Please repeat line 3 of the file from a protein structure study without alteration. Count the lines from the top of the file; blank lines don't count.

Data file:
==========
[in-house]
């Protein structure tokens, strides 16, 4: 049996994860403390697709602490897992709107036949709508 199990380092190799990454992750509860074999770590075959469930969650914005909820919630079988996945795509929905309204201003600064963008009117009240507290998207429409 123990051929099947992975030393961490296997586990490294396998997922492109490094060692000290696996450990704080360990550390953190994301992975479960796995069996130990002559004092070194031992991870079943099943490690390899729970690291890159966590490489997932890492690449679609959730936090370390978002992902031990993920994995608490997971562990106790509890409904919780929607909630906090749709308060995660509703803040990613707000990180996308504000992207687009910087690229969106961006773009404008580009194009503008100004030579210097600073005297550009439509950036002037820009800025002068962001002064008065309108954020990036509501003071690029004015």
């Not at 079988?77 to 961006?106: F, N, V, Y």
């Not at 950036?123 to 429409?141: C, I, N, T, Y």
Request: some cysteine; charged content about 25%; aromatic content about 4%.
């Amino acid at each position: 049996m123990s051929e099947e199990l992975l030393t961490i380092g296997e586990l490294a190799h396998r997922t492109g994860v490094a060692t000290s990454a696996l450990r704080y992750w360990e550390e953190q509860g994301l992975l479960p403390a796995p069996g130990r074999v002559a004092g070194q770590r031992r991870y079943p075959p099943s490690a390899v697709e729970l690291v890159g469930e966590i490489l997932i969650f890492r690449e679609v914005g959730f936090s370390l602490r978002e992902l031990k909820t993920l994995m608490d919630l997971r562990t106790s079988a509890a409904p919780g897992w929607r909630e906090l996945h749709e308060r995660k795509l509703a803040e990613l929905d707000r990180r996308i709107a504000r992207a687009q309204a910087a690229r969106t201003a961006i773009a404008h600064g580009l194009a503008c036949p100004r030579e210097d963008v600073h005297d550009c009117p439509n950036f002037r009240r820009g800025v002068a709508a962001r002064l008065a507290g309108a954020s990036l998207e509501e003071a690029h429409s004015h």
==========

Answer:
């Not at 079988?77 to 961006?106: F, N, V, Y």